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Getting a Job after a Felony

Recently released statistics from the Pew Center for the States revealed that more than 1% of adult Americans are in prison, a statistic that is reflected in the growing problem of prison crowding in the U.S. Unfortunately, many offenders are finding that their sentences aren’t really over when they’re released from jail.

Tucson Weekly recently reported on the problem of finding employment for ex-felons. Specifically, those with felony convictions face obstacles when applying for jobs that require a state-issued license – and such jobs include dentistry, nursing, truck driving, accounting and more!

Critics of Arizona’s hiring policy (which is similar to others around the country) have reportedly identified two major sources of trouble for ex-felons: first, the licensing requirements are unfair in that they effectively judge applicants based on their morality.

Sources indicate that, though many felons serve the full sentence required by the court, they continue to face consequences when attempting to pursue certain careers.

The second part of the problem, evidently, is a lack of awareness. Reports suggest that even professors and advisors at community colleges where many ex-felons pursue higher education are unaware of the licensing restrictions that could prevent students from finding employment. This, it seems, can translate to wasted time and tuition dollars for students attempting to prepare for positions for which they don’t qualify.

Ironically, many occupations that exclude ex-felons (including nursing and truck driving) are facing historic shortages, but cannot hire many willing and qualified convicts.

And, despite the efforts of certain activists who hope to address the morality requirements and modify felony restrictions for state licensing, many people advocate imposing new restrictions. In the world of instantaneous Internet searches, Americans have grown accustomed to learning more information than ever in less time than ever.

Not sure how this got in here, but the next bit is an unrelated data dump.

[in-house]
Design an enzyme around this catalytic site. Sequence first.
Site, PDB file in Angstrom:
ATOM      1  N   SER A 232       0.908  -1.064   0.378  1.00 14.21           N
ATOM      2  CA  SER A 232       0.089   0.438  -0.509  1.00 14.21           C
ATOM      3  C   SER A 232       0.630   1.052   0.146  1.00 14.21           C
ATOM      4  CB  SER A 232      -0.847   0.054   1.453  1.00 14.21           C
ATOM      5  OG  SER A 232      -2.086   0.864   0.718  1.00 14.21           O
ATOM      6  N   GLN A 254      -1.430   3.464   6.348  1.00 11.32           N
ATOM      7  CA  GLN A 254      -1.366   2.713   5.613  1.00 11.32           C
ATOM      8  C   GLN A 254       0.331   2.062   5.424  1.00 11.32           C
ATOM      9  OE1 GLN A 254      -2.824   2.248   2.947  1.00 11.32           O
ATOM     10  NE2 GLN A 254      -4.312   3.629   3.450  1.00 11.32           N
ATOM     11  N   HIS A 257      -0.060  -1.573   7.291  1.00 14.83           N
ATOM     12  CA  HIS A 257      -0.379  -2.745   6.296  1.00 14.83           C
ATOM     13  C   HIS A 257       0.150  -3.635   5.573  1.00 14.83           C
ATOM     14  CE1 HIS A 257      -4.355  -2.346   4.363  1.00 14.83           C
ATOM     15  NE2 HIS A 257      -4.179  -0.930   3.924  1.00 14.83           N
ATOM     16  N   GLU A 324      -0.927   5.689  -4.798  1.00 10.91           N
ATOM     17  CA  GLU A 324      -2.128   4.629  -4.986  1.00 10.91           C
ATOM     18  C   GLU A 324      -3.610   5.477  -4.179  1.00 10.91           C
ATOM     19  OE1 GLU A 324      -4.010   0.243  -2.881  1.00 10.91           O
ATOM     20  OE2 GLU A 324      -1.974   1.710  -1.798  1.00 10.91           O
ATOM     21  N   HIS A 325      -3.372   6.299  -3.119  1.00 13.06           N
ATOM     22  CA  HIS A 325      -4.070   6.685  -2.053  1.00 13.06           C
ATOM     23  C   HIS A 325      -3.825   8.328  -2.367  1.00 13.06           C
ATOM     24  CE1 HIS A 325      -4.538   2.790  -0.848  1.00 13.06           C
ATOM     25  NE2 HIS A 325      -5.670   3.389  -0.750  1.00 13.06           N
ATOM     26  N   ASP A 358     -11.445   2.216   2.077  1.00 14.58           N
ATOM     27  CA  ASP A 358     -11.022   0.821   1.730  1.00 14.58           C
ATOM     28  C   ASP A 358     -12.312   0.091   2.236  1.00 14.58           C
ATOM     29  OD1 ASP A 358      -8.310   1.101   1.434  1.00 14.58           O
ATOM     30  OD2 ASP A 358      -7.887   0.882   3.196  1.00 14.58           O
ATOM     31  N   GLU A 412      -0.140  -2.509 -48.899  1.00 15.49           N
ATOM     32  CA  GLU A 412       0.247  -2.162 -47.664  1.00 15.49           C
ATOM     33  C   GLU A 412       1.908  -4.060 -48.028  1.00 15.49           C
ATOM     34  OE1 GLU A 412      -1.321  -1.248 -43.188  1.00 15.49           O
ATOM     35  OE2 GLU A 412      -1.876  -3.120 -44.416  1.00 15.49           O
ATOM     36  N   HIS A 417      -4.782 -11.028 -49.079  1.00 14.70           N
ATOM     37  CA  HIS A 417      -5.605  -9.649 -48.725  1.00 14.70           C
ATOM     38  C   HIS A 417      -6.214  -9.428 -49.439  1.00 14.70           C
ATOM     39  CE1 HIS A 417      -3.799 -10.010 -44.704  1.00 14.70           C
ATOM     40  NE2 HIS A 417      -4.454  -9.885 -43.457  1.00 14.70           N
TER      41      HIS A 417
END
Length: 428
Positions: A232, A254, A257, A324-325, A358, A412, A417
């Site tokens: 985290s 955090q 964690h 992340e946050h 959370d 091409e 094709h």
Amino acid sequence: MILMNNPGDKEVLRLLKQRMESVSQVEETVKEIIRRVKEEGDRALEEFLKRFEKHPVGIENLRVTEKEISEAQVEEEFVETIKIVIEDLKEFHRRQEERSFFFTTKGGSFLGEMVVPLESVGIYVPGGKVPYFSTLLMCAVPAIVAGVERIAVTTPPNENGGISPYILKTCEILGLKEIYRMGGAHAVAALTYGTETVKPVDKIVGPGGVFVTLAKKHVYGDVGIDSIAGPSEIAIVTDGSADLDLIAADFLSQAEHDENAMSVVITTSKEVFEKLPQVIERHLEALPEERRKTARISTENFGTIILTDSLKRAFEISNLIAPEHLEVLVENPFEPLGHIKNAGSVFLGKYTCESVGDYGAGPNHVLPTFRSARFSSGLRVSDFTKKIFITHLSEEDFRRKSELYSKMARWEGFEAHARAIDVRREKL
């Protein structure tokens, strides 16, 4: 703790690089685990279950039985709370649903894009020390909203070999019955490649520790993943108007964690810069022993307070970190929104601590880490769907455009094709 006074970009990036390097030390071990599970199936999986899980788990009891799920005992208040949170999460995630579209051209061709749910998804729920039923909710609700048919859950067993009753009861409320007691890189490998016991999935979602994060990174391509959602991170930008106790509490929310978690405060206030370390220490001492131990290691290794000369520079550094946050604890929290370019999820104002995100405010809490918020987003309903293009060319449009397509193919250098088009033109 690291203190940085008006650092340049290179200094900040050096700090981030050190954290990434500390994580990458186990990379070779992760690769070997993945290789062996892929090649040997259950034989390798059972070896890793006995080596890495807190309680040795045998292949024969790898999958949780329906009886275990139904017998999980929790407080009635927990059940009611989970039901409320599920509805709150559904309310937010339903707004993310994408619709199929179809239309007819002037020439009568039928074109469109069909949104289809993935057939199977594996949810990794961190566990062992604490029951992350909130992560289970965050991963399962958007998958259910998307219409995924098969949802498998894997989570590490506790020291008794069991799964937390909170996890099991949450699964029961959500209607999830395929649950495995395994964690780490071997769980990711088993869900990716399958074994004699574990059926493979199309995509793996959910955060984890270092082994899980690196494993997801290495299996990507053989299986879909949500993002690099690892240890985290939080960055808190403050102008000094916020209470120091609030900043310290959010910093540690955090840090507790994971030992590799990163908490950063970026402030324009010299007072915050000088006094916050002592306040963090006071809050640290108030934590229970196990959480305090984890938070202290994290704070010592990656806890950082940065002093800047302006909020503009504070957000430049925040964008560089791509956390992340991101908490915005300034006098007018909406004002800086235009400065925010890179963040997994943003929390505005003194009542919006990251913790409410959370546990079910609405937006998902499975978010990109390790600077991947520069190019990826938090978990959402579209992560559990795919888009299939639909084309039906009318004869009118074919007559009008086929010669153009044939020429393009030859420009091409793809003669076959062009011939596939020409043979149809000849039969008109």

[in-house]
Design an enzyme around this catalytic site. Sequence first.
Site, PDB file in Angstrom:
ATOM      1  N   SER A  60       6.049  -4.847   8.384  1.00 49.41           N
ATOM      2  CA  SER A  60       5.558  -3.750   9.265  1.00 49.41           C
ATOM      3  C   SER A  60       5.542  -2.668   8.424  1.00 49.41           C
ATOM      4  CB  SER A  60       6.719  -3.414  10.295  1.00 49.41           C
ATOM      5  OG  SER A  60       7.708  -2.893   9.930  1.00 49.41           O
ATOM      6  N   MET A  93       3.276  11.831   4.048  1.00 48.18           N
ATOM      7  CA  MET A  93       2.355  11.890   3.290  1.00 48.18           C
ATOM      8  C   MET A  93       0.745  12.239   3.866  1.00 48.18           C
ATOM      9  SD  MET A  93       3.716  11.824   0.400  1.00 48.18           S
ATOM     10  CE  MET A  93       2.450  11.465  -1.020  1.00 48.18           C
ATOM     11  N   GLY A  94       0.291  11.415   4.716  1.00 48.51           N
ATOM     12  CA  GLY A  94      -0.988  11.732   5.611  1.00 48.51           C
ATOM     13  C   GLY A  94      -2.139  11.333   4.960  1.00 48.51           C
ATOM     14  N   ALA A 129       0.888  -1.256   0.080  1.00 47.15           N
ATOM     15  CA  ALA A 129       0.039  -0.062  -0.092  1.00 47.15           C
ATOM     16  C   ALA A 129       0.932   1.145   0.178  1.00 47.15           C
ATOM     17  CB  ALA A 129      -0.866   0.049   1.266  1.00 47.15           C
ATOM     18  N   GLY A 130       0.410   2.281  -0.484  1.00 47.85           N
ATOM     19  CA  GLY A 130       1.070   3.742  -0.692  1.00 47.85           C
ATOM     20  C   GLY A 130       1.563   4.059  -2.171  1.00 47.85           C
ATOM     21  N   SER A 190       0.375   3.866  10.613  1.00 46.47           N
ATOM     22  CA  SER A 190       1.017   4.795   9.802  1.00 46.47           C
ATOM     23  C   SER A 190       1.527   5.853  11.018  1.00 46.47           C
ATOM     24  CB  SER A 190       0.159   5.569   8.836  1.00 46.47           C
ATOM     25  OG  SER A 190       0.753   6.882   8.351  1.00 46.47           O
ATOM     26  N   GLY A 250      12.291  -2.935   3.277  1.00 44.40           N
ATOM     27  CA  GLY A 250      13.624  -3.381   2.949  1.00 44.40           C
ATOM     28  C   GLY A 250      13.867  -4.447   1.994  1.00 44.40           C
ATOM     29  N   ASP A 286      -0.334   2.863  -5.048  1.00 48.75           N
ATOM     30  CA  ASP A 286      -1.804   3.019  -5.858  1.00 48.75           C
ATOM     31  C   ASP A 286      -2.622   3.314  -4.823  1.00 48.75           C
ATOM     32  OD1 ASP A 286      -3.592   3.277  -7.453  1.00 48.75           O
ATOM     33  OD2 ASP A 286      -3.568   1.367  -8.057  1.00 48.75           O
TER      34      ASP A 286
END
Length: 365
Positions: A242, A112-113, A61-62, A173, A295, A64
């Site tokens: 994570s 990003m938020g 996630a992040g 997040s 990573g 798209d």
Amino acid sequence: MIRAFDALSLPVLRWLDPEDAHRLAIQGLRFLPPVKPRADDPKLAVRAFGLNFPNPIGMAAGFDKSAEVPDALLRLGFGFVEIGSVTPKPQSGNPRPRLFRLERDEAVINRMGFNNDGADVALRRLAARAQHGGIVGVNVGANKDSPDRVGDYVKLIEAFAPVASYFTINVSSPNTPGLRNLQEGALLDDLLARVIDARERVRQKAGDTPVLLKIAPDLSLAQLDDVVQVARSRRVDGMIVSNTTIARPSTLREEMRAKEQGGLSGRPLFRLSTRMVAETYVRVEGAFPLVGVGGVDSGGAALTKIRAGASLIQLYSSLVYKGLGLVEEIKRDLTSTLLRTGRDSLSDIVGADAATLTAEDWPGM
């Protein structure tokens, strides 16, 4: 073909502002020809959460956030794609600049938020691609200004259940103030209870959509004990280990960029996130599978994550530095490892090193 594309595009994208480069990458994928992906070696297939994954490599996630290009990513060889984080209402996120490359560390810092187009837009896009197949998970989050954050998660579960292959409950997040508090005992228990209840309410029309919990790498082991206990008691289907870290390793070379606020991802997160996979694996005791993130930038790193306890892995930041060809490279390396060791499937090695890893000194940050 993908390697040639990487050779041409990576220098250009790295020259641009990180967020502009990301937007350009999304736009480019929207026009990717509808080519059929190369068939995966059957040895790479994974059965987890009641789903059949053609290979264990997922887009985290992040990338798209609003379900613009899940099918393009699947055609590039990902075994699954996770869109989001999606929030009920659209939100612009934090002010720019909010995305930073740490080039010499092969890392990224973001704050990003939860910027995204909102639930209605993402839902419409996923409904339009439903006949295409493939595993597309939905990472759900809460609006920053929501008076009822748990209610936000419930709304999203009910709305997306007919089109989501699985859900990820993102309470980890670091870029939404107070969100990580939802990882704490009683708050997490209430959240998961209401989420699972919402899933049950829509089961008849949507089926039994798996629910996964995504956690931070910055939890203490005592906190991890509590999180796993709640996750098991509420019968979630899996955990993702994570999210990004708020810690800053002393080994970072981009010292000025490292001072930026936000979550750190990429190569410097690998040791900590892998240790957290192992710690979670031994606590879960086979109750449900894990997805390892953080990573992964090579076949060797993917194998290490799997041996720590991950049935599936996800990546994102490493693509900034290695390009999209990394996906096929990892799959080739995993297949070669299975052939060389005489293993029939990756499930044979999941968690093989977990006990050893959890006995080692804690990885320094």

The Arizona Republic ran a story that illuminated Americans’ growing awareness and support of criminal background checks. Apparently, a company called CrimShield now provides background checking services to contract employers like plumbers, construction workers and pest control workers.

Once CrimShield has verified that an employee has no criminal history, it evidently issues an ID card that lets homeowners know the worker entering their home has never been convicted of a crime.

Unfortunately, many people don’t realize that overly-stringent restrictions on employment options for ex-offenders can lead to a cycle of recidivism, or repeat offending. The president of Arizona’s Community Reintegration Coalition recently blogged about tips for ex-offenders looking for work at job fairs. Here’s a summary:

  • Dress for an interview, or one step up from how you’d dress on an average day of work.
  • Arrive armed with copies of your resume and cover letter. Fill out all applications thoroughly.
  • Invest time in conversations with representatives. These are the people who will present you to your potential employer/hirer.
  • Ask about the company policy for hiring ex-offenders (an open-ended question is more likely to meet a positive response than a yes/no question).
  • Don’t be intimidated by background checks.
  • Don’t get upset if a company can’t hire you. Some recruiters will refer you to companies they know have more lenient hiring policies.

The problem of incarceration remains a serious one in the United States. Increasing awareness is the first step toward achieving a more balanced criminal justice system.

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